I have returned to the Writers Bureau course.
My disappointment and frustration at not having presented a short story that received my tutors “good enough to submit” comment, had led me to down tools with regard to following the course material. Having seen that assignment F5 did not give me an opportunity to try again but rather focused on novel-writing I simply pushed it to the vast desert like land that is the back of my mind, my mental airing cupboard* if you like.
*technical reference authors have for the place where work is stored whilst awaiting final editing
You see, my perfectionist self was whispering to me all the time that I could not consider a novel until I had a short story published. This do not pass go attitude stems, I am sure, from a childhood where Sunday afternoons were designated family board or card games and the TV was banished to the loft for the Christmas period.
So I have wallowed in my self-tutoring and learnt from my new Creative Writing Group Friends. I have worked on my novel, following on the advice of several Kindle published friends whose work I admire. I did adopt the let your pen tell the story approach and wrote most of the first 2 chapters of my book.
I have also submitted a story to Fiction Feast as readers of this blog know, this was the cause of the earth’s tremor I recorded on August 25th’s blog – Assignment 4 Completed and Where Am I Now. Incidentally my carefully nurtured contact within reader services has confirmed receipt of my story and has passed it to the esteemed Fiction Editor.
My novel has lost its way, there I was merrily letting my creativity flow, refusing to re-read and edit until much further in to the story, but the voice was not the voice of my hero. I was suddenly telling the tale through the eyes of one of my bit part characters. The alarm bell sang out, my mental foot slammed on the brake and I dramatically drew to a halt.
The subtle whispers of my perfectionist self (or is it my self-doubt self?) were back screaming at me quietly “see you’re not like them, you can’t do it. It’s gone wrong already.”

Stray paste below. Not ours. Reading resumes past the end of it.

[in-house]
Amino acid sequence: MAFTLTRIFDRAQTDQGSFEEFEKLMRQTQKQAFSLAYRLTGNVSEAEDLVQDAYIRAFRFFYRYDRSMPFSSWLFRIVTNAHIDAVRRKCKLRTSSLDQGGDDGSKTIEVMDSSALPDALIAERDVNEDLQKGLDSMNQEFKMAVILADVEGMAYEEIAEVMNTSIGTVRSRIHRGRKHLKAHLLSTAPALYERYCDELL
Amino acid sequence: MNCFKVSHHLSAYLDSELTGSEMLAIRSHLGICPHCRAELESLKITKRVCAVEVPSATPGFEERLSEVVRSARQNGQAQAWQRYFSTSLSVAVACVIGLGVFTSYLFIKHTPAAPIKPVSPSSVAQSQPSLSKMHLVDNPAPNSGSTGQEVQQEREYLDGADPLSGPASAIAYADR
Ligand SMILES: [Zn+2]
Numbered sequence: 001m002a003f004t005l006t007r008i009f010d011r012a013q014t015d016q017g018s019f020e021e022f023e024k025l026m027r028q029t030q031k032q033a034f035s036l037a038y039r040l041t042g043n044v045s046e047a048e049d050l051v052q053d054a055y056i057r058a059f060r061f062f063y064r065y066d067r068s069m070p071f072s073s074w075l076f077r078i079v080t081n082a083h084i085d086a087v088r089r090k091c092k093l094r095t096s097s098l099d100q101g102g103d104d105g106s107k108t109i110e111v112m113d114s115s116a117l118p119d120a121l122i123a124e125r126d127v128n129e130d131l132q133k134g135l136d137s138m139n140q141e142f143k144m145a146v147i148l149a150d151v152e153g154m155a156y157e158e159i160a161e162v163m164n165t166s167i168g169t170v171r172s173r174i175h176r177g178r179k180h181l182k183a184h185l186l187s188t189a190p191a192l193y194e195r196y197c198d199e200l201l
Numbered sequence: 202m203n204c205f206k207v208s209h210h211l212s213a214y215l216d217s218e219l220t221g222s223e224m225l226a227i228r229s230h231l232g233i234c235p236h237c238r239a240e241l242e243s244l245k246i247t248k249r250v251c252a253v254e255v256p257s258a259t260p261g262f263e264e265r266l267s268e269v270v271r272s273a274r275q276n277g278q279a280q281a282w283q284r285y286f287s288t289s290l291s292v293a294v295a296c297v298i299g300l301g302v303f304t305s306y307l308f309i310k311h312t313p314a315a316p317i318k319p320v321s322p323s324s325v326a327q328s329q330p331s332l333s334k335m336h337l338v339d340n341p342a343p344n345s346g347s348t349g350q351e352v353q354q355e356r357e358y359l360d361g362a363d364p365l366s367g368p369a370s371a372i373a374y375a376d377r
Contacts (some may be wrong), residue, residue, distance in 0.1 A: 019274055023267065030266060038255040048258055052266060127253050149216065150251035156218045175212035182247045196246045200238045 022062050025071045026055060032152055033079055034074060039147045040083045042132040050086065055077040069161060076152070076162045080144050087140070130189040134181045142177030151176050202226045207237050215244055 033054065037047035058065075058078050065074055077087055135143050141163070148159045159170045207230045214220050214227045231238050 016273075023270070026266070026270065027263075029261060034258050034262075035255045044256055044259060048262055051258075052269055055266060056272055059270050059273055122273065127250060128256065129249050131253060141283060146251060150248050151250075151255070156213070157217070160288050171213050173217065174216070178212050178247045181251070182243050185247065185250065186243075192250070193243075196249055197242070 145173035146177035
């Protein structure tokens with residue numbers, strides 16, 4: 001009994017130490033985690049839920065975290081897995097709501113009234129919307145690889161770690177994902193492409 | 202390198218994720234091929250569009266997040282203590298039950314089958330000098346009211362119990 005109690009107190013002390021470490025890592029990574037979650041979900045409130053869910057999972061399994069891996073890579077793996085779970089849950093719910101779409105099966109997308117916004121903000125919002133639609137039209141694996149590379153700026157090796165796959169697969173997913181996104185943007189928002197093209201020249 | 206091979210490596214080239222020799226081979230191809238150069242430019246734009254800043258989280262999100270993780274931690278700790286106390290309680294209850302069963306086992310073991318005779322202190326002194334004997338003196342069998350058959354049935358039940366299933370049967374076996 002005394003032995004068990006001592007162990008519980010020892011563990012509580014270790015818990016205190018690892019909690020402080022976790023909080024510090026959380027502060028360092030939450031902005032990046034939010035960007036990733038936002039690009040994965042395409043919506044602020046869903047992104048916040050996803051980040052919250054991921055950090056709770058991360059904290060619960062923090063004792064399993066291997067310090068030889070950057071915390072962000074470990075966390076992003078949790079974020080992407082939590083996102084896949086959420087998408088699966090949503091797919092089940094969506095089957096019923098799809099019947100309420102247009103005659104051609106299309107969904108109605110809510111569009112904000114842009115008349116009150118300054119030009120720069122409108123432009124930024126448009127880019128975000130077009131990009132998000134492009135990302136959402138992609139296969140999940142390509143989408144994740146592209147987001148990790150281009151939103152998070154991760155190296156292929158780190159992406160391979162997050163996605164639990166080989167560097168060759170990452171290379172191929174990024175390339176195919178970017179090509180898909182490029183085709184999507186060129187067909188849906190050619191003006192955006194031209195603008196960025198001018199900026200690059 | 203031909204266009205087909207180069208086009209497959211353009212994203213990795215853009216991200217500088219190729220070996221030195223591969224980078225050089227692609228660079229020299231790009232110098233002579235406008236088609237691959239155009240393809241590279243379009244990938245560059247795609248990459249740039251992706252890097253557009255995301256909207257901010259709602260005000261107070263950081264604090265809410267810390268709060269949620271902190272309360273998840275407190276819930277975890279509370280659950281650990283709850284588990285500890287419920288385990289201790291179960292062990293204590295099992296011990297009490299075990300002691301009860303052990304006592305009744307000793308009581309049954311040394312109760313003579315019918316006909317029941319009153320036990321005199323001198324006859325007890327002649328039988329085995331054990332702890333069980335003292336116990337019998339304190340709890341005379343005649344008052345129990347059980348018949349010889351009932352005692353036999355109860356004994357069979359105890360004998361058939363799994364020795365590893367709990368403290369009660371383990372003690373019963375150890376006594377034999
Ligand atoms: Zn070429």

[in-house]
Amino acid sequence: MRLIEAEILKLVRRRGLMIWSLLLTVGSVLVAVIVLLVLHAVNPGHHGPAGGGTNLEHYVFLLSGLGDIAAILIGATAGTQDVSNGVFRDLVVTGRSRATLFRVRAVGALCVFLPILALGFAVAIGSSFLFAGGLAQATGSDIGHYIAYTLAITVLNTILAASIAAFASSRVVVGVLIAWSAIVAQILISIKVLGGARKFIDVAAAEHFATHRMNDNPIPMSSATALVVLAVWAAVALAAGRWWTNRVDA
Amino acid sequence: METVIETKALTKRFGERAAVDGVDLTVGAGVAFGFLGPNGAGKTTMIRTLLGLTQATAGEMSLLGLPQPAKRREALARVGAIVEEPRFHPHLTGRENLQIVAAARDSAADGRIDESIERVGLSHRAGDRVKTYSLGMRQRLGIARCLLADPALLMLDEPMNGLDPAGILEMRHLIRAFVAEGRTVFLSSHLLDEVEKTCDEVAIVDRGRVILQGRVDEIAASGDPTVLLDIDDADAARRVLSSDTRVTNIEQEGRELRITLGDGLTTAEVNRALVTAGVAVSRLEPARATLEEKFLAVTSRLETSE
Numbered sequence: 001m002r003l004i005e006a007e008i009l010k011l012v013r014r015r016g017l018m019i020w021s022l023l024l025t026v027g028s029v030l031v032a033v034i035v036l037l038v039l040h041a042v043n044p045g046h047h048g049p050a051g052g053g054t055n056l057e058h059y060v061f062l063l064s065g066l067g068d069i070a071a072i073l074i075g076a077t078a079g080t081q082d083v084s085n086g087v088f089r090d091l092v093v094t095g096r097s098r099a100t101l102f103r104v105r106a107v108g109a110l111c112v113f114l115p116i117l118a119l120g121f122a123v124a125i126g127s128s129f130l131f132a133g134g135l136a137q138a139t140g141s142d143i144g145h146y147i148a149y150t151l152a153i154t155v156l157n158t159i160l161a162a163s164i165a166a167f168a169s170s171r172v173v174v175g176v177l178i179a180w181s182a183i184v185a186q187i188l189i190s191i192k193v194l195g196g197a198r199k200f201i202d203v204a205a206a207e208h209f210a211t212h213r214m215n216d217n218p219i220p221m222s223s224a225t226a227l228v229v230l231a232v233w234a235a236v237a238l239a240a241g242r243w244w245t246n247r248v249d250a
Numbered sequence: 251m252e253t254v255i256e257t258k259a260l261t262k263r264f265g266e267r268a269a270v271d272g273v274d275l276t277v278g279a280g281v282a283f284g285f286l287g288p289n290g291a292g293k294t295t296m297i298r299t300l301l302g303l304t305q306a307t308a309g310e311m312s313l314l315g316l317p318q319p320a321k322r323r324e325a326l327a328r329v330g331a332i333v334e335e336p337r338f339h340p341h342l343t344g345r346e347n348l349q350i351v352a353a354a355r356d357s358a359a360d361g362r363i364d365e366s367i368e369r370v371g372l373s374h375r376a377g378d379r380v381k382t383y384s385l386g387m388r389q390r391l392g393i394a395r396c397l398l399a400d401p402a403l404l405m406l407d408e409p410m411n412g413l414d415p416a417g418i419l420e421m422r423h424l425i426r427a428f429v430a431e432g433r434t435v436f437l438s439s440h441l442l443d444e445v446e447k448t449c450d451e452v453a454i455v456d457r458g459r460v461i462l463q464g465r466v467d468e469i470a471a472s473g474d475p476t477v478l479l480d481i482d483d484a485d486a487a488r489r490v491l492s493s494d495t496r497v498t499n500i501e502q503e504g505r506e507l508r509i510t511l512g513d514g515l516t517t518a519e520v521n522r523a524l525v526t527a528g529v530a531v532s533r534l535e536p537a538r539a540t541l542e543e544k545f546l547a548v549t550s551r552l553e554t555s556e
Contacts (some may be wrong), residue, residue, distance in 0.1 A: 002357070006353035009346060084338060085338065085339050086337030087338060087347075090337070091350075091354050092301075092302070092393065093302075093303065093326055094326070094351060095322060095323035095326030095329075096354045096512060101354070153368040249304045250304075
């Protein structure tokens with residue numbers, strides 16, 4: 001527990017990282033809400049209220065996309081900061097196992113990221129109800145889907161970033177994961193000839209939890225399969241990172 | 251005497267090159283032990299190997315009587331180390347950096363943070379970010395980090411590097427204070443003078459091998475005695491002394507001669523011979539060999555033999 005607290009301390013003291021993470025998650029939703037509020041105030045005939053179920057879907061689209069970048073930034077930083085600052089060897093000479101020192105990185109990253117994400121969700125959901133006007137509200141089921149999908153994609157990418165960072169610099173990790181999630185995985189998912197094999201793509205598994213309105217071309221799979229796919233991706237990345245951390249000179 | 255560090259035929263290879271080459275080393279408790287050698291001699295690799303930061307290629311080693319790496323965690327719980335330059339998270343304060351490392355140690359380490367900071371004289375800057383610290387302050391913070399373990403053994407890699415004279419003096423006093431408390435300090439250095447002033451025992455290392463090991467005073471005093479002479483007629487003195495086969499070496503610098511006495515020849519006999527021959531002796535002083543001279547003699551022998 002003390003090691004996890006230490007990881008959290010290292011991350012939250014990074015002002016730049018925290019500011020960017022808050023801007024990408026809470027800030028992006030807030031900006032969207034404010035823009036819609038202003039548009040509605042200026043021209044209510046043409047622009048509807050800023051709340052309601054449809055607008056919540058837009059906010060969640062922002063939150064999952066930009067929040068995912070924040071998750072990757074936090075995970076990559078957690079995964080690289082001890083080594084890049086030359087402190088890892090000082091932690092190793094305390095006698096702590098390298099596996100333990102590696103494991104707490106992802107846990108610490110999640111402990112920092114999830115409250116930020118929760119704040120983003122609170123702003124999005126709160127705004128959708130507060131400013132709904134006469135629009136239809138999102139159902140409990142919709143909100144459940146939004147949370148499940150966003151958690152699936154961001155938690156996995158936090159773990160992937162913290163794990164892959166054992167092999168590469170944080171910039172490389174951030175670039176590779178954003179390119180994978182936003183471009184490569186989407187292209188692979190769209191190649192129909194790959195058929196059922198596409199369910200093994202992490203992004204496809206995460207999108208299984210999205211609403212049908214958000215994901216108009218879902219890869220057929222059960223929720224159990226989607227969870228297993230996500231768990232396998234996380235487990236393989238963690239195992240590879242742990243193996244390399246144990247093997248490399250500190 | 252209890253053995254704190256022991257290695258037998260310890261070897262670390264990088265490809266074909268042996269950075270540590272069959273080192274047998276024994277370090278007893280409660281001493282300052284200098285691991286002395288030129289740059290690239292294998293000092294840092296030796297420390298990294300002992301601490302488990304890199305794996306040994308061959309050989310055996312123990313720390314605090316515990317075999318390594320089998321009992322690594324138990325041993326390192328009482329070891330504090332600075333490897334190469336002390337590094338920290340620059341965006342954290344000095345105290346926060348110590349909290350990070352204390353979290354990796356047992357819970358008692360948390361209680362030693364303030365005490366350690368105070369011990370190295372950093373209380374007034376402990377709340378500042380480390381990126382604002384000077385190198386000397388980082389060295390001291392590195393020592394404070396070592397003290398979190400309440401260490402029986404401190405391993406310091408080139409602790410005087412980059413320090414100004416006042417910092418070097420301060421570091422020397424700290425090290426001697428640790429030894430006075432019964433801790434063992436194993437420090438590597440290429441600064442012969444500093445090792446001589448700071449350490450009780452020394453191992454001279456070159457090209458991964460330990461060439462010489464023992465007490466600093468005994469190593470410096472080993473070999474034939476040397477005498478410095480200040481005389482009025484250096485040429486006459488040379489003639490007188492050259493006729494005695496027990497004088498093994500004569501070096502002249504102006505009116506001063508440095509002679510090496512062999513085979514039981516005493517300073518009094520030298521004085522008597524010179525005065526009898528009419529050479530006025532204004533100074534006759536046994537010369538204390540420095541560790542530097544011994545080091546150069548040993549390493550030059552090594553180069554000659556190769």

However, I have finally grown up after 4 decades of listening to the whispers, and so I banished those same whispers that killed my earliest ever ambition to write stories (see the Secret Story) and I returned to the Writers Bureau Book 7 modules 21 and 22. For within these books lays my blueprint, and I need a blueprint. If I had been a boy I would have thrived on the Haines manuals and followed the instructions and repaired my cars myself!
I had not planned my novel well enough, and just as the modules foretell, that is why it has lost its way so early. I am now three-quarters through my synopsis and recognise I have some work to do with the middle of my book before I move on to the “let your pen do the work, just write part.” I am enjoying writing my character profiles and realise that I should, as advised by one of my new Creative Writing Group friends, adopt a planning process to my short stories as well.
The moral of this tale is, find your own way. What works for one will not always work for you, but it will if you personalise it. Draw energy and enthusiasm from others involved in the same pursuit, never let their successes make you doubt yourself, always draw faith in your own ability from the success of others.
So I have returned to the Writers Bureau course and assignment F5 is within my sight.
Me, I need to follow the rules.